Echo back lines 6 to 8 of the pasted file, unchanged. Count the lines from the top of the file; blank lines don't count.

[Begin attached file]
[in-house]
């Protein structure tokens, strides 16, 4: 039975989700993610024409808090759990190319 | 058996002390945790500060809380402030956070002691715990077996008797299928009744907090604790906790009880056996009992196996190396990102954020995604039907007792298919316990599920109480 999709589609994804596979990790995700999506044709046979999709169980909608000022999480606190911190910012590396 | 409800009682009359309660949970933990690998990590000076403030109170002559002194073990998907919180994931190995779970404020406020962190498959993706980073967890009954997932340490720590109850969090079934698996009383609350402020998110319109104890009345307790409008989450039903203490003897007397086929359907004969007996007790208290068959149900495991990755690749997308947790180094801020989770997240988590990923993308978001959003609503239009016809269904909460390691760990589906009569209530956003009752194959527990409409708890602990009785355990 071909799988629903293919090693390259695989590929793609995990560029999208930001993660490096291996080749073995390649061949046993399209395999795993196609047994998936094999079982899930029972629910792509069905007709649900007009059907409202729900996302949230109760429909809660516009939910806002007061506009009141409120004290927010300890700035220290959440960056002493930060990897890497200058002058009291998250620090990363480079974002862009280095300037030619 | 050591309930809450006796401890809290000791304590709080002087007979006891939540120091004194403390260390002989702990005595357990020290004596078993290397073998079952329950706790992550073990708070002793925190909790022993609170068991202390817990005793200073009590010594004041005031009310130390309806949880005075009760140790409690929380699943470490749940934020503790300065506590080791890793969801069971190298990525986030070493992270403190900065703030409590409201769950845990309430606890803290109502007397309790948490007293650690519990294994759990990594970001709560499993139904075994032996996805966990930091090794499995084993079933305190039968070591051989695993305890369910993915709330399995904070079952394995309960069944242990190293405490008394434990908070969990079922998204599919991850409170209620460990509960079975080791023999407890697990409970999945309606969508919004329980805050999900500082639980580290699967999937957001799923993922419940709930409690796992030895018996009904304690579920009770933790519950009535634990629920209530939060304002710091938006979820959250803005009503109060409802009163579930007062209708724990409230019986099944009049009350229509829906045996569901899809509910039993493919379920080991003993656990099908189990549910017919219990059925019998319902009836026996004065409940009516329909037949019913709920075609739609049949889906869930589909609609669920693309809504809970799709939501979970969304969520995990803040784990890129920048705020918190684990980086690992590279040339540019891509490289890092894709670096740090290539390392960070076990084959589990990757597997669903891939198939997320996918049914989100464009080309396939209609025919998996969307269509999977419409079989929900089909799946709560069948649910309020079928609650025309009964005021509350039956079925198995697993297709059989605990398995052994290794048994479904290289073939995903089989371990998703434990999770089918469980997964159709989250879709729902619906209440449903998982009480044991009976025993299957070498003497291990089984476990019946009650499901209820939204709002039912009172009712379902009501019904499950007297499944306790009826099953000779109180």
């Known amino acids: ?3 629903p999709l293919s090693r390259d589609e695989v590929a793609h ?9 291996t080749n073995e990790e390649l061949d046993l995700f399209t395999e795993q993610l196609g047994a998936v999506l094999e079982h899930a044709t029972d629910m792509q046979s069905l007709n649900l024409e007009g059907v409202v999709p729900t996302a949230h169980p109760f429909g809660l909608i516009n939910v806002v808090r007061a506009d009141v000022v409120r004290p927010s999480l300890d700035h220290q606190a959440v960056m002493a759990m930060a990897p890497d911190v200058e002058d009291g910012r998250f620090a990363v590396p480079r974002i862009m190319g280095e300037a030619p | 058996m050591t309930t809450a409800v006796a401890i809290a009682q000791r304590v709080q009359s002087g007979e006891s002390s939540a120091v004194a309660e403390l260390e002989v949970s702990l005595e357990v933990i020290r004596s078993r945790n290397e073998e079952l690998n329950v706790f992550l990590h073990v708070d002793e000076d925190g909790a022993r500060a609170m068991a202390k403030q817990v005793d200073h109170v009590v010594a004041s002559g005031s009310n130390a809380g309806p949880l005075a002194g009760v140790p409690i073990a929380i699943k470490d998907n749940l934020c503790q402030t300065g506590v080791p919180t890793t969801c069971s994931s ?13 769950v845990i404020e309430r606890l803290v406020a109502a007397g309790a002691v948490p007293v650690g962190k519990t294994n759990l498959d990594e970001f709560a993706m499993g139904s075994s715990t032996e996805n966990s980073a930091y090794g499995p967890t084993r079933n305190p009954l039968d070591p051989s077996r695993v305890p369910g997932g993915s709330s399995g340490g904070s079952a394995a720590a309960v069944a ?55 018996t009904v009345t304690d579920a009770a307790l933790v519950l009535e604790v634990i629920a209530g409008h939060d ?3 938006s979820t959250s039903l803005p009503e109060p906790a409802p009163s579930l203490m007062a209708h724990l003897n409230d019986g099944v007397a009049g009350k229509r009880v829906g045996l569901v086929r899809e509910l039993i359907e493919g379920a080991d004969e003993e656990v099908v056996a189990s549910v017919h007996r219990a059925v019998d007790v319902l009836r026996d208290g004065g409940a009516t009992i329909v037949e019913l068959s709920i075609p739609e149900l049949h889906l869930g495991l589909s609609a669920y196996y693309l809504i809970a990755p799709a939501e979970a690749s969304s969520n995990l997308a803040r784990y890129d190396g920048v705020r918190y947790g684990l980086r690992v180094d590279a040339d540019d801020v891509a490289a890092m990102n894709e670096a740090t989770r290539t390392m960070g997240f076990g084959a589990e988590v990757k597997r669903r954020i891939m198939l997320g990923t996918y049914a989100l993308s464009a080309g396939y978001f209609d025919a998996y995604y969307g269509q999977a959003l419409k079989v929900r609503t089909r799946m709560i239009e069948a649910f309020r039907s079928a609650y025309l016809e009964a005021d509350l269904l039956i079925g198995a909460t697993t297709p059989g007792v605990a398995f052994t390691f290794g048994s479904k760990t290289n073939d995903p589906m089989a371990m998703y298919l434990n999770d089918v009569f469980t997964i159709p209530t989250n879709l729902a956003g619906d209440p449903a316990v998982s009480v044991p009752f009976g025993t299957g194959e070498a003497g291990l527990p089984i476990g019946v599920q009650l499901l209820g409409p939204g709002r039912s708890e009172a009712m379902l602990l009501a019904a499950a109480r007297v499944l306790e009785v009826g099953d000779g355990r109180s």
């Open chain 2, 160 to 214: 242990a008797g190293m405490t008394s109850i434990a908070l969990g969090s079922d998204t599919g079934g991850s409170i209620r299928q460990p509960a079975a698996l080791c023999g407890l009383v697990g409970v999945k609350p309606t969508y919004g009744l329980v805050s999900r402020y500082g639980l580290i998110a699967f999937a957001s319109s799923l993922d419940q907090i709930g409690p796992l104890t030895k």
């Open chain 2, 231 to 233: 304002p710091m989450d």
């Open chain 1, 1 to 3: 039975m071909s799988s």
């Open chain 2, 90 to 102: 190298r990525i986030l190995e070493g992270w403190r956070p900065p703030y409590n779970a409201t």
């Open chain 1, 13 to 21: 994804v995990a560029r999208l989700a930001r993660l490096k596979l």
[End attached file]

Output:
């Open chain 1, 1 to 3: 039975m071909s799988s």
């Open chain 2, 90 to 102: 190298r990525i986030l190995e070493g992270w403190r956070p900065p703030y409590n779970a409201t």
């Open chain 1, 13 to 21: 994804v995990a560029r999208l989700a930001r993660l490096k596979l």